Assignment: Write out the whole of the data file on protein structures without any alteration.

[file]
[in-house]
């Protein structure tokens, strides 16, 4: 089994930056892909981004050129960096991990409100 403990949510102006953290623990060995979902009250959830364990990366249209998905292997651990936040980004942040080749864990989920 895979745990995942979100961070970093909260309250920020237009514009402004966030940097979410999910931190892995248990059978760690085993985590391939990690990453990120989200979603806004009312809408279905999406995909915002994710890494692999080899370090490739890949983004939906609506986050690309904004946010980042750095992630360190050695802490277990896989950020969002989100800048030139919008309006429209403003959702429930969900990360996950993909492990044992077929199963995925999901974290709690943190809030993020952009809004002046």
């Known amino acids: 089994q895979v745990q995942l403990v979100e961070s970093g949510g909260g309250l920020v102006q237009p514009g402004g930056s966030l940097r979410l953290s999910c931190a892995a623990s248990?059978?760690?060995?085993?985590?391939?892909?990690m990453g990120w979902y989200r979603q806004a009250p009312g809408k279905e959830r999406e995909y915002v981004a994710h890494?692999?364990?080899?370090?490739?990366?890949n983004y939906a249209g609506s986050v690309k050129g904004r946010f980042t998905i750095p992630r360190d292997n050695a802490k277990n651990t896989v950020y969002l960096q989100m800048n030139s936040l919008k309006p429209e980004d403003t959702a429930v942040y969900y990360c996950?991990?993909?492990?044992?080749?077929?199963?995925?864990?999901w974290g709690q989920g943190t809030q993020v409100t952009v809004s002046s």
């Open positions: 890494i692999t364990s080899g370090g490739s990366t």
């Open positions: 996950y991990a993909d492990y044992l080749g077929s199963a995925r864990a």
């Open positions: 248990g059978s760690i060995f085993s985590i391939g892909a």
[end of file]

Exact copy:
[in-house]
């Protein structure tokens, strides 16, 4: 089994930056892909981004050129960096991990409100 403990949510102006953290623990060995979902009250959830364990990366249209998905292997651990936040980004942040080749864990989920 895979745990995942979100961070970093909260309250920020237009514009402004966030940097979410999910931190892995248990059978760690085993985590391939990690990453990120989200979603806004009312809408279905999406995909915002994710890494692999080899370090490739890949983004939906609506986050690309904004946010980042750095992630360190050695802490277990896989950020969002989100800048030139919008309006429209403003959702429930969900990360996950993909492990044992077929199963995925999901974290709690943190809030993020952009809004002046």
């Known amino acids: 089994q895979v745990q995942l403990v979100e961070s970093g949510g909260g309250l920020v102006q237009p514009g402004g930056s966030l940097r979410l953290s999910c931190a892995a623990s248990?059978?760690?060995?085993?985590?391939?892909?990690m990453g990120w979902y989200r979603q806004a009250p009312g809408k279905e959830r999406e995909y915002v981004a994710h890494?692999?364990?080899?370090?490739?990366?890949n983004y939906a249209g609506s986050v690309k050129g904004r946010f980042t998905i750095p992630r360190d292997n050695a802490k277990n651990t896989v950020y969002l960096q989100m800048n030139s936040l919008k309006p429209e980004d403003t959702a429930v942040y969900y990360c996950?991990?993909?492990?044992?080749?077929?199963?995925?864990?999901w974290g709690q989920g943190t809030q993020v409100t952009v809004s002046s």
């Open positions: 890494i692999t364990s080899g370090g490739s990366t």
């Open positions: 996950y991990a993909d492990y044992l080749g077929s199963a995925r864990a």
């Open positions: 248990g059978s760690i060995f085993s985590i391939g892909a």